Which Religion Picks the Best Stocks?

October 26, 2008 at 6:50 am Leave a comment

cross-stocks.jpgWhich faith plays the market best when it seems headed for the financial equivalent of purgatory? That may sound like a whimsical question, but there are, in fact, mutual funds tailored to a number of religions and denominations.


Their track records won’t answer the question of which investment strategy best ensures eternal salvation,
but they have certainly had an impact on some believers’ nest eggs —
and they provide a window into how each faith understands appropriate
investment.

Muslim

For centuries Muslims were either out of the Western stock market or
burdened with a certain amount of guilt. The Koran states, “Whatever you
give as riba so that it might bring increase through the wealth of
other people will bring you no increase with Allah.” Since riba
means “interest,” this was a powerful dampener on investment for the
pious. In 1998, however, the influential scholar Yusuf Talal DeLorenzo
released the so-called “Dow Jones Fatwa”, which allowed believers to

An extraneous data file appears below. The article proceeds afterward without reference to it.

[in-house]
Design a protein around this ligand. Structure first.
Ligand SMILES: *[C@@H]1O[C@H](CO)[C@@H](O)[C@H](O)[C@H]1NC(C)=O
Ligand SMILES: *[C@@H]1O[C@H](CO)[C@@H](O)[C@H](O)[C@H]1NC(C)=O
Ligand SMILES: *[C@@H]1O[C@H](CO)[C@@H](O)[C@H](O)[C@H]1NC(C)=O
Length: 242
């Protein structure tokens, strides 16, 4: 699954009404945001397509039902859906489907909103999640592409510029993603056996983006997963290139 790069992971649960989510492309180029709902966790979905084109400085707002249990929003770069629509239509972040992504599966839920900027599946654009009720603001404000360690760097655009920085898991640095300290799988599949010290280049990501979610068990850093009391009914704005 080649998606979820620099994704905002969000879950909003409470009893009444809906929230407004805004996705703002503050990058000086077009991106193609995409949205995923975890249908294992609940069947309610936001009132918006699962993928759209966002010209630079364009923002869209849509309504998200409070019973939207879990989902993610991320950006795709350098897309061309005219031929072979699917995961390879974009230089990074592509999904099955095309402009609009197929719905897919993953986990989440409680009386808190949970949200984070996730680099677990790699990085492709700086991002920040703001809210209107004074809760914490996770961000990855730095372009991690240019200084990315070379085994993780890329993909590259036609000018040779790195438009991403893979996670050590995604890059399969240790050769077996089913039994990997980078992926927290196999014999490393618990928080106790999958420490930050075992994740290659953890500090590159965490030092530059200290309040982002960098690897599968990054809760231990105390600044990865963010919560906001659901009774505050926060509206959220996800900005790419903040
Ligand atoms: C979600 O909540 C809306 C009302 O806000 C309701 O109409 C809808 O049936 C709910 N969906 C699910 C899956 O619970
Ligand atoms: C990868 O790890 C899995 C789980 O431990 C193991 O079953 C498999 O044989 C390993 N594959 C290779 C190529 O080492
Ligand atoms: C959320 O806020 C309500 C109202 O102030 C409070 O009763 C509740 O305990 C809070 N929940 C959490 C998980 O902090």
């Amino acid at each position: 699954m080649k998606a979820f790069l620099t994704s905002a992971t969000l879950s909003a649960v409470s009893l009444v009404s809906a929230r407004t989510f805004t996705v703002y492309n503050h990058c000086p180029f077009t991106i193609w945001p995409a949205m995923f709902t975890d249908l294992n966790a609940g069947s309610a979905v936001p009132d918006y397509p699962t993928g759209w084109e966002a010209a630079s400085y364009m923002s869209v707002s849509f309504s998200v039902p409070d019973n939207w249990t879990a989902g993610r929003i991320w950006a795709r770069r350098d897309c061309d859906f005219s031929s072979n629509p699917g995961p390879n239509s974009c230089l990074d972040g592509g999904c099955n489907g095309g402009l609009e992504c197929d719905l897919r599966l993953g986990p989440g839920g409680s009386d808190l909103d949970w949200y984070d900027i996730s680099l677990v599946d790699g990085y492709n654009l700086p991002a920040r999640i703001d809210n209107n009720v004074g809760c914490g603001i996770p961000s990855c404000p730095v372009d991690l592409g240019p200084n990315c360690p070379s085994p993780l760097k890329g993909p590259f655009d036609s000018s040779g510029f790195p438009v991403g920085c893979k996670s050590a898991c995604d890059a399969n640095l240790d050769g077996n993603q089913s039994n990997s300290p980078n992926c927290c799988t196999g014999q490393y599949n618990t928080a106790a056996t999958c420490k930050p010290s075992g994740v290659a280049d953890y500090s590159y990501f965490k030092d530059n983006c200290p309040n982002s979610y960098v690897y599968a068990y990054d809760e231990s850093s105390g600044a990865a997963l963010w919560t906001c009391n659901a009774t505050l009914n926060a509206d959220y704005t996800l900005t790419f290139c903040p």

invest in funds with a degree of what one of his sons termed
“permissible impurity”.

Shortly afterward an
Islamic-investment group called the Amana Funds made a mosque-to-mosque
push for business. Amana’s funds avoid stocks with above 5% stakes in
alcohol, pork or tobacco. None of these is tightly connected to a major
market dynamic, and during the long-running bull market Amana’s success
owed less to its distinguished Islamic legal team than to its head
stock-picker, non-Muslim Nicholas Kaiser. But as Mohen Salam, Amana’s
director of Islamic investing, points out, “during a bear market, and
particularly during this credit crisis,” other Islamic restrictions
have kept Amana away from the most radioactive issues. It avoids
investment banks such as Lehman Brothers because of the limitation on
interest-oriented business. Along the same lines, says David Kathman, a
mutual fund analyst at the Morningstar research group, Amana “won’t own
companies with too much debt on their balance sheets, because if you
have too much debt you’re paying interest on it.” The top three
holdings of its large growth fund are tech titan Apple, fertilizer
giant Potash Corp. and freight railroad firm Norfolk Southern.

Amana’s value has dropped along with that of the rest of the market in
the past few months. But it has lost less than other funds, remaining
in the top 2% of the Morningstar Research Group’s funds the in the
large-growth category.

Catholic

Occasionally Salam lunches with a colleague who plays a similar role at
Ave Maria Catholic Values, a fund whose religious advisory board has